2. Societies have to balance the rights of the individual and the rights of the community. We recognise that the state should only limit individual rights where they interfere with the health or safety of the community. There are limitations with this view though:
      1. It is often difficult to measure “health or safety” (the widely recognised problem with John Stuart Mill’s utilitarian philosophy)
      2. The concept of ‘unbearable’ is also problematic (as in ‘terminal illness or irreversible condition that makes life unbearable’).
        How is ‘unbearable’ determined? If it boils down to the view of the individual, the proposition will end up being reduced to “if an individual wants assisted suicide they can have it”.
        With many options available to make situations ‘bearable’, isn’t society better off if we focus on those, rather than pushing for an individual right which will profoundly change the way society views life?
      3. Clearly, something other than rights and law is needed to make a good and caring society
  5. Caricatures of the Christian position
    The Committee should be alert to caricatures of the Christian position (e.g. the document “Christians and Religious Perspectives” on the Voluntary Euthanasia Society website
    A few examples should suffice (emphasis throughout added by this author):

    1. The document referred to begins with the phrase “Some Christians and Muslims argue that God gives us our life and hence we have no right to authorise anyone to hasten our death”.

      Misleading (this is mainstream teaching in both religions)
    2. “In general, Christians believe that God has given us free will … but when we wish to hasten our dying to limit our suffering, some tell us we are not allowed to do that”.
      Obfuscation (hastening dying is not the only way to limit suffering) and misleading (not hastening dying is mainstream teaching)
    3. “God would prefer you to suffer rather than get help to end your life. God would prefer you to lose all your dignity rather than being able to say farewell to your loved ones while still conscious”.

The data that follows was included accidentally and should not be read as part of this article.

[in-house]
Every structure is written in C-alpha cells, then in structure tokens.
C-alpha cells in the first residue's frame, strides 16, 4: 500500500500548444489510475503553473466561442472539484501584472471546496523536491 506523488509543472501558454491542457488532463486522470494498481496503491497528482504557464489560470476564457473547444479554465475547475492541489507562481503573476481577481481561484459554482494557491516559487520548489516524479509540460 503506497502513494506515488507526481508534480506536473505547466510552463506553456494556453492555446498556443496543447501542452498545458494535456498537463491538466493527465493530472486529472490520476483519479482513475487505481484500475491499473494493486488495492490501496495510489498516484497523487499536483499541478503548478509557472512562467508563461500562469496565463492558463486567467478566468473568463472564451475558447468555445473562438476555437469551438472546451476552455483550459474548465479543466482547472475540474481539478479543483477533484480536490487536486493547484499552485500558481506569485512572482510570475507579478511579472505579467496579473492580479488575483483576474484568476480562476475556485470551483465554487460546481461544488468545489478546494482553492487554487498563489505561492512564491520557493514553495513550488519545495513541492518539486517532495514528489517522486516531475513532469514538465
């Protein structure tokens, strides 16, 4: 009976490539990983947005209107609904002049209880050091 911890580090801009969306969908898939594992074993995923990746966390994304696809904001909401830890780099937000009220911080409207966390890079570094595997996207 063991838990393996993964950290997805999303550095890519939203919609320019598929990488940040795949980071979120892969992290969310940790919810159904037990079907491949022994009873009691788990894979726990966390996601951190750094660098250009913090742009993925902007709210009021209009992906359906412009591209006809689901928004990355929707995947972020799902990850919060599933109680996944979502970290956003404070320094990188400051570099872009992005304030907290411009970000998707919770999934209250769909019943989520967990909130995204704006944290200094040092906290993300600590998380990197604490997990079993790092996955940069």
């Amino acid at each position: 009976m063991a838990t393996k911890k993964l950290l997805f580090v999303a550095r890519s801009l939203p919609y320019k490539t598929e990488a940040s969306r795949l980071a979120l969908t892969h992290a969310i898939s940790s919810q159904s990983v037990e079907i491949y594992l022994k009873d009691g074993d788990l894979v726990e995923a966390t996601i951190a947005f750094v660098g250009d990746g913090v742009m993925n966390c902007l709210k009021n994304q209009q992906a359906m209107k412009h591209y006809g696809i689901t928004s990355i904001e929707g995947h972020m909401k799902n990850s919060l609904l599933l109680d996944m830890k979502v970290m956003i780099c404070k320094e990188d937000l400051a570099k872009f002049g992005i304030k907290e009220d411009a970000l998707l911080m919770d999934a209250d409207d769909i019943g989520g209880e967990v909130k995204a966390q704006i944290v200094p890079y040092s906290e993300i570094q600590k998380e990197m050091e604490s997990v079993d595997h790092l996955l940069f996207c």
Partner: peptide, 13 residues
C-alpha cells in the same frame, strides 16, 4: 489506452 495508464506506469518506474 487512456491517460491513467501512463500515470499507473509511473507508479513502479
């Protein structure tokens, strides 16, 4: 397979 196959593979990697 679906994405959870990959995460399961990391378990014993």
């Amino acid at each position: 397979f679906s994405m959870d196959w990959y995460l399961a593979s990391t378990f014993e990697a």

False alternative (end life or suffer) and gross misrepresentation of God (God does not prefer people lose their dignity, and God does not present the false alternative)
    4. “… it is difficult to find a place where God or biblical writers say that futile suffering and pain is to be desired as one approaches death …”
      Straw man argument – this is not biblical, neither is it mainstream teaching.
      The general theme is that God is harsh, and doesn’t mind, or perhaps even wants people to suffer. This is not true, and with access to palliative care, is simply irrelevant.
  6. Balancing the Gifts of Life and Freedom, of the Individual and Society
    1. This is the issue that is at the heart of this debate. Christian belief is not only that life is a gift from God, but that this belief has directly contributed to the society we all benefit from whether or not we hold to Christian belief.
    2. This belief obviously inclines us to see the merits in the detailed arguments listed above against permitting assisted suicide over and above the arguments for.
    3. But we should also not minimise the significance of the fundamental shift in society when we move from total ‘ethic of life’ (creating, preserving, healing, caring), to one where ‘death’ (intentionally ending life) is part of the culture.
    4. As the Church is significantly involved in community and social services, we are particularly concerned about the arguments involving the vulnerable and the elderly.
      Elder abuse is already a significant issue in New Zealand, and it can be very hard to detect. It is easy to imagine a range of scenarios where elderly people will conceal abuse or emotional pressure, or perhaps not even be aware of it themselves. If assisted suicide is legalised, it is hard to believe that any regime will be able to fully safeguard against some people being pressured to end their own lives.
  7. Conclusion

    We recognise that many people in New Zealand, in Parliament, and probably in the Select Committee, do not consider themselves to be Christians, and that the content of this submission, particularly the points directly connected to Christian faith or teaching, may be difficult to process.
    We respectfully request that the Select Committee not reject these without considering the extent and role of Christian faith in New Zealand, and the fact that if the points in this submission are correct, Parliament’s role should be to preserve the ‘life ethic’ which is foundational in our society.